1. Direct flights only, and under four hours away
    When we flew to see my family, we had a connecting flight in Chicago. On the long flight, our daughter was pretty amazing even though she’d been awake almost the entire time. But when we had to go through security a second time and board a second plane, she lost it. And then we lost it. There were tears on both sides. So now, we plan things so that the airplane ride is part of the fun, and the girls can crash once we reach our destination. Where possible, we also fly out of City Airport, as it’s so close to our home and SO easy!

    2. Book into an AirBnB or KidandCoe
    We had grand illusions of booking a suite in an amazing resort with a pool and restaurant. And then we realised we’d all be sleeping in the same room and we’d have to head to bed or hang out outside so not to risk waking the girls. Luckily, there are so many options nowadays that are set up for families travelling (high chairs, travel cots, children’s cutlery, toys, and a local guide to the neighbourhood) that it’s easy to find accommodation where the adults can hang out once the kids are asleep, and they have space to run around without bumping into other visitors. It’s so low-stress that it has completely transformed the way we travel and we’ve decided to save the boutique hotels as a special treat when it’s just the adults travelling.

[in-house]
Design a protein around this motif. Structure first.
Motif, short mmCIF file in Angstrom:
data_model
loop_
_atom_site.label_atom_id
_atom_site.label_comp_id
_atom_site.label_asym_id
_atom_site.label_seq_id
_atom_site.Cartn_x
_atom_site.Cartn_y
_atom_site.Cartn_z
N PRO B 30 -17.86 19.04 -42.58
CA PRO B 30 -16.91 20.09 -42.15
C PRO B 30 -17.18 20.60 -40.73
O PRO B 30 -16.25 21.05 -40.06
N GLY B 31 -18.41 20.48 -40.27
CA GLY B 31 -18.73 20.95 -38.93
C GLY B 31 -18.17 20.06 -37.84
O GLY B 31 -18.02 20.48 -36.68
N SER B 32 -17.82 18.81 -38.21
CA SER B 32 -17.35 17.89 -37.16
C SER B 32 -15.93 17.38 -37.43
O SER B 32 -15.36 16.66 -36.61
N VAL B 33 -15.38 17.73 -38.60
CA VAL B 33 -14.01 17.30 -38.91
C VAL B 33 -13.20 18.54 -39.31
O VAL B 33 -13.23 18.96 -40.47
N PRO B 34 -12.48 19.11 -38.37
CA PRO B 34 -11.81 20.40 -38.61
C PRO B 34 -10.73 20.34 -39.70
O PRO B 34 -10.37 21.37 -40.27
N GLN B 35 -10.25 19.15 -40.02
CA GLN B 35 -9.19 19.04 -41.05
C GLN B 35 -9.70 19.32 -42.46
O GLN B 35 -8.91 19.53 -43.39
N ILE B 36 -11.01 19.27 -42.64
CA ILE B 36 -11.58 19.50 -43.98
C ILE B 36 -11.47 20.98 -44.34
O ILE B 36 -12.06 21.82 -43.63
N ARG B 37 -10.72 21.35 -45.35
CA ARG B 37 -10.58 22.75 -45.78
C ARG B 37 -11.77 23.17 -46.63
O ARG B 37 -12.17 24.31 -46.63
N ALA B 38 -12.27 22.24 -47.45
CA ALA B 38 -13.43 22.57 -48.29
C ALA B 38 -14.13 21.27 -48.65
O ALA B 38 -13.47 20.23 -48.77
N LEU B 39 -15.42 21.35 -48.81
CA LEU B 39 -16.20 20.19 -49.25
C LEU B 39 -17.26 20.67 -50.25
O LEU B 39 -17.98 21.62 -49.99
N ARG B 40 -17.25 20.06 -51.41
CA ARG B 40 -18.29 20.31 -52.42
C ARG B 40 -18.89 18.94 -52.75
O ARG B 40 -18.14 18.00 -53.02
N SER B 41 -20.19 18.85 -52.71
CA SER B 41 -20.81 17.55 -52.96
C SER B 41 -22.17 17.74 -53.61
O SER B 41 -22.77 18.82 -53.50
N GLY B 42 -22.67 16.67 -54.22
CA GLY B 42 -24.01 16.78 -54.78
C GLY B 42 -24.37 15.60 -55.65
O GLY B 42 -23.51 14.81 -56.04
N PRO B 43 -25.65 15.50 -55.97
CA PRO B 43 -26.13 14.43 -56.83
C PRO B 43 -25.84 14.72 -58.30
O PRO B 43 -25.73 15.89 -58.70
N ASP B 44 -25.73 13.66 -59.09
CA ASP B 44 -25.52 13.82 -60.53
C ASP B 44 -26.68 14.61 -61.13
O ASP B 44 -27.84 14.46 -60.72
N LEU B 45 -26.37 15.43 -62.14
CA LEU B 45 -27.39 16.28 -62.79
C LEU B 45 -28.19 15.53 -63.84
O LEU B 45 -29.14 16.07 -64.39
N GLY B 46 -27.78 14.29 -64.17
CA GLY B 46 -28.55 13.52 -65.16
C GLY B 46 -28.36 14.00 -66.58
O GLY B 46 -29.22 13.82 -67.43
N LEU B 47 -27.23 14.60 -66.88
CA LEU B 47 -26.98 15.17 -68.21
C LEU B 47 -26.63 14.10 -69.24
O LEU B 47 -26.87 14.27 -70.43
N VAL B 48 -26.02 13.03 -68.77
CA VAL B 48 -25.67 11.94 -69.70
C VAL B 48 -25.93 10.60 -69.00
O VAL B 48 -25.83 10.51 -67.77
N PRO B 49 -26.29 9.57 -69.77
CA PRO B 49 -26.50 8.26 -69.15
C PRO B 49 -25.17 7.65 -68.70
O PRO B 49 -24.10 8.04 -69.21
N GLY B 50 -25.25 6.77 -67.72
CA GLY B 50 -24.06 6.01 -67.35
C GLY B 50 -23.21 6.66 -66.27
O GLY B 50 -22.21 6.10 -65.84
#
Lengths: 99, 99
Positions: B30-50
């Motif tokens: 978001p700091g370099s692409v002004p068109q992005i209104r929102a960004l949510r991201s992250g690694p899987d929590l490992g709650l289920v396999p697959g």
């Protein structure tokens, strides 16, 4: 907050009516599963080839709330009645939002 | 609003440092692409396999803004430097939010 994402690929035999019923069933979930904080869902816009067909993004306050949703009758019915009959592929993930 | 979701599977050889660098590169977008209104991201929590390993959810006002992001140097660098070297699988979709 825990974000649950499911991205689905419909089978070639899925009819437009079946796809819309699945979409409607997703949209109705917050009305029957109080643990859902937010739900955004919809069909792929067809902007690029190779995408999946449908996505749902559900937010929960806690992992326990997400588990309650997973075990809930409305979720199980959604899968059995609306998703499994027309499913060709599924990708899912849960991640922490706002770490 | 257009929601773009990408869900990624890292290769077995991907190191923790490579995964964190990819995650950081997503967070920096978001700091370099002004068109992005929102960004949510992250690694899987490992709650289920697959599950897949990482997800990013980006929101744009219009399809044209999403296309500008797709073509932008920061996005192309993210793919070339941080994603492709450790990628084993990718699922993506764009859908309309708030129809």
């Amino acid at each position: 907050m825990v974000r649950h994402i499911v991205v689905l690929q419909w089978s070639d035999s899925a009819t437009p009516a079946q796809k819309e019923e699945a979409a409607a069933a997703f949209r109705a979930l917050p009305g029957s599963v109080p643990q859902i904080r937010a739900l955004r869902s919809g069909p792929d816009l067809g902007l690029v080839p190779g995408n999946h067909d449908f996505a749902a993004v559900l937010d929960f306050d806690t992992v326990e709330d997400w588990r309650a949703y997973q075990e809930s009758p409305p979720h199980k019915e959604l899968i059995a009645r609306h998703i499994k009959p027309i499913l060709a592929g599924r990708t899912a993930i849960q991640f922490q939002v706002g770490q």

3. Find a destination with a good mix of outdoor and indoor activities
    The weather is not dependable, and we’ve always had terrible luck. In the past, I’ve joked that our friends should prepare for a heatwave in London whenever we go away, as often the weather is better back home than it is wherever we’re going. But we’ve found if we plan for a bit of everything, we won’t be disappointed or attempting to keep kids from going stir crazy if our sunshine holiday is a total washout.

    4. Look for family-friendly cities
    One of our favourite holidays to date was a short trip to Amsterdam. The city is AMAZING for kids of all ages with so many enormous parks and playgrounds to explore. The restaurants embrace children, and often have a toy box in the corner as well as a good kids menu. The museums are very family-friendly – often with activities for the kids and space where they can run around. And their science museum was so much fun that my husband and I happily spent the day there.

    5. Eat out for lunch, and home for dinner.